Maybe I just come from a different generation of gamer. My little brother is 8 years younger than me and was big into using cheat codes in games. With the exception of Contra (up-up-down-down-left-right-left-right-B-A-start) there weren't any games I was enthralled with using cheat codes with for more than about 30 minutes. But he seemed to love them. He even had a Game Shark with added tons of cheat codes to Super Nintendo games. I just never saw the point.
Also, he has always been big into First Person Shooters (FPS). I've played my fair share of FPS games. I was into Wolfenstein 3-D when it came out, played plenty of Doom. We had LAN parties of Unreal Tournament, played Quake 2 in college, and have enjoyed the strategy of Counterstrike. I remember spending many hours with friends in high school playing Goldeneye 007 on the Nintendo 64. But never have these games been my main play.
Initially I was enthralled with Planetside 2. Much of the jerkiness of the original was gone. The graphics and anti lag engine had been updated significantly. They now include a certification process for getting new weapons and guns and the like that was significantly interesting and complex. Bases had also been upgraded to be less monotonous. Overall things seemed great. But after two days of playing it my interest started to fade. For one particular reason, spawn times.
Combat is so fast paced in the game that you can often times die almost instantly after spawning. I found an enemy Sunderer which is a vehicle that acts as a spawn point. I just sat there and blasted it with my tank raking up a significant number of kills. But it wasn't the ease of killing people that deterred me. It was that within 8 seconds, they (or I) could return to the battlefield. I was able to be blasted away by my opponent on the stairs, only to respawn and immediately return fire. At one point there was an opponent hiding in a loft of a base who killed me a couple of times before I found his location. Upon my next spawn I just haphazardly tossed a grenade into the loft before he could see me.
Blast 'em seems to best describe this type of game. It's not a game where there's a significant penalty for dying. It's not a game of heavy strategy, it seems to be more predicated on momentary skill. Avoiding the tank shot, clicking faster than the other guy, and never ever stop moving. I'm not saying that the game doesn't have strategy. But I'm not sure I'm as fond of it's type of strategy as a game such as League of Legends where dying can cause a 75 second gap in your team's numbers which can be capitalized on to make a difference over the course of the game. In a usual hour session I probably die 20-30 times. That's every 2-3 minutes. Now this is partially because I'm not great at the game. But it's also the nature of the game that doesn't punish me for dying.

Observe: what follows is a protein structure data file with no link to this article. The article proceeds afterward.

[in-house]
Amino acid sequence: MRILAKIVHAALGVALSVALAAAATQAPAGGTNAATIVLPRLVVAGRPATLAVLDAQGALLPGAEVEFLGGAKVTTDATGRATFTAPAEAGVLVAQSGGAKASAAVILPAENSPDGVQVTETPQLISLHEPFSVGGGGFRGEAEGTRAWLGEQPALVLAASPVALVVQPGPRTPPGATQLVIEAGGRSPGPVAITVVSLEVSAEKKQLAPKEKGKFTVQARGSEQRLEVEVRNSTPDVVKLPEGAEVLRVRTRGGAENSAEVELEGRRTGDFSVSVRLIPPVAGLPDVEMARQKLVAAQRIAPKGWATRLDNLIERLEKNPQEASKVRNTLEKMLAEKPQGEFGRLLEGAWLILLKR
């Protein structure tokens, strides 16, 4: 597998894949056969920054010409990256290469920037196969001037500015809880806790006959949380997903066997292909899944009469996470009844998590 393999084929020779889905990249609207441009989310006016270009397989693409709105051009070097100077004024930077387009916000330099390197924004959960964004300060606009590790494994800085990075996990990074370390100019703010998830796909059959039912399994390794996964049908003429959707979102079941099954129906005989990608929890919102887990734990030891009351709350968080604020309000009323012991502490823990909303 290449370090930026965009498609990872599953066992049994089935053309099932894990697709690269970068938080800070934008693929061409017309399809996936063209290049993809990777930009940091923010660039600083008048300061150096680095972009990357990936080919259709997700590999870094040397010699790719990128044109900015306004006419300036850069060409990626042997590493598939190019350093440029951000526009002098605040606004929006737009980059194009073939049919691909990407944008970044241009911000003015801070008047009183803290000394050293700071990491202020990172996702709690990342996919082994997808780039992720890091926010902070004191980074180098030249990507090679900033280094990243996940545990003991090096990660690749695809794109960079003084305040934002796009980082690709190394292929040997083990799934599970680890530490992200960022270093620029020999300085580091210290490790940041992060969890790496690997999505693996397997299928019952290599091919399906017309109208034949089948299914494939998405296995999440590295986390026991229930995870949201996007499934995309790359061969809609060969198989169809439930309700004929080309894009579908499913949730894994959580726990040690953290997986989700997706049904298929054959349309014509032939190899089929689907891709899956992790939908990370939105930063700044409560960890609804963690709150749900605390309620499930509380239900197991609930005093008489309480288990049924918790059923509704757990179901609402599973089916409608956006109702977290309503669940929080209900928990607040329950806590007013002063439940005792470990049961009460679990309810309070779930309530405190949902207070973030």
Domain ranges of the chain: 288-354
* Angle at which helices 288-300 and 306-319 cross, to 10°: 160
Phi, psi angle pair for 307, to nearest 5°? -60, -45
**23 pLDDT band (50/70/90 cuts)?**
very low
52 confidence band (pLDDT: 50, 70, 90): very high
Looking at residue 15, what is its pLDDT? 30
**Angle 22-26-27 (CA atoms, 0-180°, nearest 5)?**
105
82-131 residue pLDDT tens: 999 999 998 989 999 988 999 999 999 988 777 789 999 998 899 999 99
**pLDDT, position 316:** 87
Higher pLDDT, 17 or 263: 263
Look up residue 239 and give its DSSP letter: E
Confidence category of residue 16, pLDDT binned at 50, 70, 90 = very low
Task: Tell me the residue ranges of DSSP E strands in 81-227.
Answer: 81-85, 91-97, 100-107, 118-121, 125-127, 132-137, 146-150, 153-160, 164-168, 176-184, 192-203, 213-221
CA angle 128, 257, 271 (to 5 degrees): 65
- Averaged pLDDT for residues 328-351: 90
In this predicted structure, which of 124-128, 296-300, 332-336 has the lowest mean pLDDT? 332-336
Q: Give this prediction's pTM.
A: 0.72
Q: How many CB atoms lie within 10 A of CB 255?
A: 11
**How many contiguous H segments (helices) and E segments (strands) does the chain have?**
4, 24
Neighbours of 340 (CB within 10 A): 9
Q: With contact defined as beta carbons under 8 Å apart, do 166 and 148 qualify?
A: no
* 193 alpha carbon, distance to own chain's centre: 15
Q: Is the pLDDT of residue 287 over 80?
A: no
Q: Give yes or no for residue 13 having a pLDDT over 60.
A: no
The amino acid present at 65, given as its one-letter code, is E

The game also allows for you to switch character classes at a spawning point or at several weapons depots located throughout the map. This means that I can instantaneously switch from my medic to and engineer to heal the spawn vehicle that is under attack to a heavy assault to take out the tank that is shooting at it. And again. If I die, I'll just switch characters then, and 8 seconds later I'm back in the action, unless they destroy my Sunderer. Then I have to run back to the location.
Penny Arcade's review of Planetside 2 brings up a number of very interesting points and issues with this style of game. One big thing it mentions is the lack of a story. While this isn't always a driving force, it's clear that there are 3 factions that want to kill each other. Not much else is relevant. But the battle is perpetual and unending. It's not a deathmatch scenario where the team with the most kills or flag captures wins at the end of the match. All goals are only temporary and tomorrow you'll be looking to take back the same bases you conquered last night.